We managed to get it all apart thanks to a bunch of good people who broke their ass over the course of a week. We had a lot of fun, worked hard and got it all done on schedule. Many thanks to Dave and George, Matt and the rest of the guys from Ska, the truckers and anyone else who had a hand in getting it all here. We also appreciate the folks from Jewel who let us stage our flat-beds in their parking lot.

(Take a look at that purple Peterbilt that cruised across the country with our tanks.  I wished I could have seen it mid-route gettin' it done)

So, it’s here. We have a disassembled brewery in our brewery to be. It’s kind of a mess and makes any fiber of OCD that I may have go absolutely haywire, but all this has a process and it can’t be forced – even though we’d like to work 20 hours a day until it shined and could churn out delicious beer.

Working in a construction site is a little weird, but being part of that change is exciting. The biggest thing is juggling running our business while launching this new phase to our business. A lot of the time we’re filthy from head to toe, so it’s good we’re in the beer industry and can generally conduct all aspects of business while covered in dirt. That’s part of the reason it’s great to do what we do.

Wednesday, October 1, 2008

Moving Mountains

Half Acre Beer Co is on the move. We officially moved our belongings to our new home 4257 N. Lincoln Ave. We only had time to cram everything in a corner because we flew out to Denver to decommission all the brewing equipment that we’ll be trucking back to Chicago.

(I’ll include a couple photos of the new space in its disheveled mess)

Both Matt and I used to live in Colorado. It’s a great state that has a lot going for it. We flew into Denver on Monday morning and immediately rented a car and drove to Durango in the Southwestern part of the state. Fortunately it was timed perfectly with the changing of the Aspens. Each stand was more attractive than the next. I was continually reminded of all those Michigan radio spots that Tim Allen narrates about nature’s playground, etc. Those commercials kind of drive me crazy, but also make me want to go anywhere and drive down country roads with covered bridges, see the trees explode with color and get lost. This scratched that itch completely.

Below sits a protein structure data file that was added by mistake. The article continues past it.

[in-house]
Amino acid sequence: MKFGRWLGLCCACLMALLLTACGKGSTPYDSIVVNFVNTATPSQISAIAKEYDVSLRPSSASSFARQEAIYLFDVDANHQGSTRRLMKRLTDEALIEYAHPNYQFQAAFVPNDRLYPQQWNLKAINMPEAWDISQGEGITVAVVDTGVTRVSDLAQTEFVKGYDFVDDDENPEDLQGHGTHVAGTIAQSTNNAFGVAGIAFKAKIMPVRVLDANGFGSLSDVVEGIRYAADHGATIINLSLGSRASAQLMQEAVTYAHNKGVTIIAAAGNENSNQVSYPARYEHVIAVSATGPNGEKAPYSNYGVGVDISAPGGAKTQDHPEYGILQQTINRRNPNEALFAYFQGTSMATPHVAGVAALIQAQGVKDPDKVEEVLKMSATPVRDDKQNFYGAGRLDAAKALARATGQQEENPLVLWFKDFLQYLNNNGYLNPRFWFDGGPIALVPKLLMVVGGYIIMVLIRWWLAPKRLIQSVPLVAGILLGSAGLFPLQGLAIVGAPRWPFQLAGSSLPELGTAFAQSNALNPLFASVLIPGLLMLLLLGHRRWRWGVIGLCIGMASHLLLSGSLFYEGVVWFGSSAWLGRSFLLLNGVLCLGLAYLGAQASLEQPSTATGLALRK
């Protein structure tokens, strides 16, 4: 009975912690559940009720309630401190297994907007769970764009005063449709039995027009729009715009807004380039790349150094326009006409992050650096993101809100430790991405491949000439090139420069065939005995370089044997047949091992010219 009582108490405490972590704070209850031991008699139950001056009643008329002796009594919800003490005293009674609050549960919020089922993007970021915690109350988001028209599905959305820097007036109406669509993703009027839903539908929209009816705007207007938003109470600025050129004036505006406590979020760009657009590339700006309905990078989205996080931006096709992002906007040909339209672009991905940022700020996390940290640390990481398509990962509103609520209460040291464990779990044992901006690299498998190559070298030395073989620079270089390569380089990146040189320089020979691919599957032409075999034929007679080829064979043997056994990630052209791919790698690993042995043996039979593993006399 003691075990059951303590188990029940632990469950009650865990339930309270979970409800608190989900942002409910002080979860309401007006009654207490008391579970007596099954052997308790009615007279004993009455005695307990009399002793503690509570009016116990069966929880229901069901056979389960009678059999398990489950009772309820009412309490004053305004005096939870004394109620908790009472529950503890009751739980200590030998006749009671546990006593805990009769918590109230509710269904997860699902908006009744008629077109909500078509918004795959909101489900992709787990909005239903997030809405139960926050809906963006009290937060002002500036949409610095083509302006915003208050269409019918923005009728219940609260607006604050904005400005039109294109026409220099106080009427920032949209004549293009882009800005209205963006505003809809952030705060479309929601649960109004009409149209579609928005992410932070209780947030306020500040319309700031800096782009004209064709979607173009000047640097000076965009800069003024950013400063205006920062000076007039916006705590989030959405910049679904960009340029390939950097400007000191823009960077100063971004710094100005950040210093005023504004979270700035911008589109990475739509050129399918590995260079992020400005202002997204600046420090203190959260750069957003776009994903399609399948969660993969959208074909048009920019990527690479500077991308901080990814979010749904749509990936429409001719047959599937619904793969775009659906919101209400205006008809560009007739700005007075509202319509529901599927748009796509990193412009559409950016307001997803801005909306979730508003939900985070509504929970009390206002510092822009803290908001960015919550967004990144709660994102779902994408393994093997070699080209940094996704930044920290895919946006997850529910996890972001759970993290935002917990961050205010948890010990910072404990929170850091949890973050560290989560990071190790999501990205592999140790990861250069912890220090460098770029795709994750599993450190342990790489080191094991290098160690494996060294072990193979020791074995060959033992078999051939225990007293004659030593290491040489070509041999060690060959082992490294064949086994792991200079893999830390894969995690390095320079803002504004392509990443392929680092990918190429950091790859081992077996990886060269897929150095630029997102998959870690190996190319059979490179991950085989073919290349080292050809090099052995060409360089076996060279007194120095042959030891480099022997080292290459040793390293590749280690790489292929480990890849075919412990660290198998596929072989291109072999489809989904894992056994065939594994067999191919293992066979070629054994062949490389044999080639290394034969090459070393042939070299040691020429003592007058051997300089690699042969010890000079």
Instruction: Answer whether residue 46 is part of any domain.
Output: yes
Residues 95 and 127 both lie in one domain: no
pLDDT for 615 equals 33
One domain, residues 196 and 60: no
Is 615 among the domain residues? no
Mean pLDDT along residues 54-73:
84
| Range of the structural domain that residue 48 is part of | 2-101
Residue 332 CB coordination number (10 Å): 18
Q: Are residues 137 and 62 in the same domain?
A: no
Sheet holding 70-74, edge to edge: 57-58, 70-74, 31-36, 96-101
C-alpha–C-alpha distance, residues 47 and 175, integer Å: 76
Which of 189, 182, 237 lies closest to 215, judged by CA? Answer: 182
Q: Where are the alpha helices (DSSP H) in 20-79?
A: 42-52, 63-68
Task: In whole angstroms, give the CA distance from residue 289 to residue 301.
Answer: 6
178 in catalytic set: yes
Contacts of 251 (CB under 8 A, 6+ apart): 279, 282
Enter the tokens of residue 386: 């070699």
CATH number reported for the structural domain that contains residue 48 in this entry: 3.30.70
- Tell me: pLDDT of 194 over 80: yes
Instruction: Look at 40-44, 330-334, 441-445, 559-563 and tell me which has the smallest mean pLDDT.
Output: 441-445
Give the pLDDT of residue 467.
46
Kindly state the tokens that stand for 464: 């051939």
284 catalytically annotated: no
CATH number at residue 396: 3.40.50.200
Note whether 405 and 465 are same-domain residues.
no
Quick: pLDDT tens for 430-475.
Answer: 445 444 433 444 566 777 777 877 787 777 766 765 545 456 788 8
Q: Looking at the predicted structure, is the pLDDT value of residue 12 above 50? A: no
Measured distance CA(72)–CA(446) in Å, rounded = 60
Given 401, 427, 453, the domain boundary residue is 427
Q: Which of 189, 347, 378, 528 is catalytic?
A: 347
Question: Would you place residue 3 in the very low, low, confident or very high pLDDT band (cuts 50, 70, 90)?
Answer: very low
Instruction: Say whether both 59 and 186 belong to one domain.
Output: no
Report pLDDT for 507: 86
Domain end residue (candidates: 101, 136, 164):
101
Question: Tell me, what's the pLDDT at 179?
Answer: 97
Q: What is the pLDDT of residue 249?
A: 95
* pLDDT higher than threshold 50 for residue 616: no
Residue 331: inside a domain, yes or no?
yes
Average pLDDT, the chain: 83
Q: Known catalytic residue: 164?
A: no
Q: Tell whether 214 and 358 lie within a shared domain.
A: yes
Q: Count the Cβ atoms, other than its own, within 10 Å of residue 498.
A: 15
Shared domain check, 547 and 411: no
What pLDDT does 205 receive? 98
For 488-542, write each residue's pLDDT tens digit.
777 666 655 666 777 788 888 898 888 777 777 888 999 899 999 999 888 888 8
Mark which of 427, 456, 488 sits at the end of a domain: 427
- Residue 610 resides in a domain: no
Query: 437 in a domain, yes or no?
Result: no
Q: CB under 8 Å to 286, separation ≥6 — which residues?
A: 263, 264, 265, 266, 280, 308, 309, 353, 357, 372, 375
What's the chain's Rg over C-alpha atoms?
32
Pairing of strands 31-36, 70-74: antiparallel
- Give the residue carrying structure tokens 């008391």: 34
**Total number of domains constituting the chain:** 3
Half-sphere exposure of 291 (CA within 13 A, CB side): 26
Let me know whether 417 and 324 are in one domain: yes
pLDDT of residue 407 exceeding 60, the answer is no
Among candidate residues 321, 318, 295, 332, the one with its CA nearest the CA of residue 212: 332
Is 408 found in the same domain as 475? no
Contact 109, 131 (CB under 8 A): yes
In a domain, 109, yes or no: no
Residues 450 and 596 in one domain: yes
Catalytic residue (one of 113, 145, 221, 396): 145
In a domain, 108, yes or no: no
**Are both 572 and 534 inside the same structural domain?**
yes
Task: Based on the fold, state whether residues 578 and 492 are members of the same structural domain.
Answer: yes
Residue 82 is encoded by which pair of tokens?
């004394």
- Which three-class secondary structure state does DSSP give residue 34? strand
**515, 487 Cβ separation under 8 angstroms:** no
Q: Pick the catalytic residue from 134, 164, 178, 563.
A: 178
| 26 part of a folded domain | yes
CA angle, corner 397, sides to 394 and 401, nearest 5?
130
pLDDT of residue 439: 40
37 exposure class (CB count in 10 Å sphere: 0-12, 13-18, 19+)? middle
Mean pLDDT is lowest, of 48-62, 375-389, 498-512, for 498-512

I could go on and on about the nature found in Colorado, but time is tight for the amount of work that needs to be done before all four of the tractor-trailers are loaded and ready to drive for Chicago.

I’m going to let the pictures do most of the talking here, but lets just say that the days have been long and the task is daunting. There is a huge amount of equipment that needs to be broken down and packed accordingly. This has been a great way to familiarize ourselves with the details of everything we bought. I’ll feel very connected to all this stuff after this trip, and the fact that it’s coming from a great bunch of guys (Ska Brewing Co) that have been incredibly helpful, we also feel very good that it all comes from our once home state of Colorado.

Time to work.